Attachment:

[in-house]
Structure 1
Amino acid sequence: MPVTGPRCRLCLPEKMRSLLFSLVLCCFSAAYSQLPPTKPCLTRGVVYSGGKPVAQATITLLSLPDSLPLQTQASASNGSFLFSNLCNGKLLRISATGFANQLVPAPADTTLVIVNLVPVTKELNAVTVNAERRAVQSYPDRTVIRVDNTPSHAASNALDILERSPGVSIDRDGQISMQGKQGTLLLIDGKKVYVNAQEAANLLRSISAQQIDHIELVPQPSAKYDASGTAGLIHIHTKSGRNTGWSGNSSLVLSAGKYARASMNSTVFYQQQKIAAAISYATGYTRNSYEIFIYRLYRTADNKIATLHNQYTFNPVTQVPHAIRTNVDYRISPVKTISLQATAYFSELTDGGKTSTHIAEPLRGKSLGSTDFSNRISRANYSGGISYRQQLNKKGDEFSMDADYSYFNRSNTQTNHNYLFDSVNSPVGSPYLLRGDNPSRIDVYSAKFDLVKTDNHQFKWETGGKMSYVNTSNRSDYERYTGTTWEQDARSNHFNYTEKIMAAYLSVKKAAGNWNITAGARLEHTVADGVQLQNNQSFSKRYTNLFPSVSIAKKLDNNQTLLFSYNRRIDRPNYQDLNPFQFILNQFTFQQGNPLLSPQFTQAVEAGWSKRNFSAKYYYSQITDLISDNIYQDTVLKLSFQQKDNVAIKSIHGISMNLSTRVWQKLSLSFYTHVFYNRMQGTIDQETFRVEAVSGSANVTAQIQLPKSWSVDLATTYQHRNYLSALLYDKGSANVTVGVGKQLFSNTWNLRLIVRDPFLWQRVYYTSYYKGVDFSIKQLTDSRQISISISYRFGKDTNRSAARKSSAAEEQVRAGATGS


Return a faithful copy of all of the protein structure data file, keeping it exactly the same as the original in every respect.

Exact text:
[in-house]
Structure 1
Amino acid sequence: MPVTGPRCRLCLPEKMRSLLFSLVLCCFSAAYSQLPPTKPCLTRGVVYSGGKPVAQATITLLSLPDSLPLQTQASASNGSFLFSNLCNGKLLRISATGFANQLVPAPADTTLVIVNLVPVTKELNAVTVNAERRAVQSYPDRTVIRVDNTPSHAASNALDILERSPGVSIDRDGQISMQGKQGTLLLIDGKKVYVNAQEAANLLRSISAQQIDHIELVPQPSAKYDASGTAGLIHIHTKSGRNTGWSGNSSLVLSAGKYARASMNSTVFYQQQKIAAAISYATGYTRNSYEIFIYRLYRTADNKIATLHNQYTFNPVTQVPHAIRTNVDYRISPVKTISLQATAYFSELTDGGKTSTHIAEPLRGKSLGSTDFSNRISRANYSGGISYRQQLNKKGDEFSMDADYSYFNRSNTQTNHNYLFDSVNSPVGSPYLLRGDNPSRIDVYSAKFDLVKTDNHQFKWETGGKMSYVNTSNRSDYERYTGTTWEQDARSNHFNYTEKIMAAYLSVKKAAGNWNITAGARLEHTVADGVQLQNNQSFSKRYTNLFPSVSIAKKLDNNQTLLFSYNRRIDRPNYQDLNPFQFILNQFTFQQGNPLLSPQFTQAVEAGWSKRNFSAKYYYSQITDLISDNIYQDTVLKLSFQQKDNVAIKSIHGISMNLSTRVWQKLSLSFYTHVFYNRMQGTIDQETFRVEAVSGSANVTAQIQLPKSWSVDLATTYQHRNYLSALLYDKGSANVTVGVGKQLFSNTWNLRLIVRDPFLWQRVYYTSYYKGVDFSIKQLTDSRQISISISYRFGKDTNRSAARKSSAAEEQVRAGATGS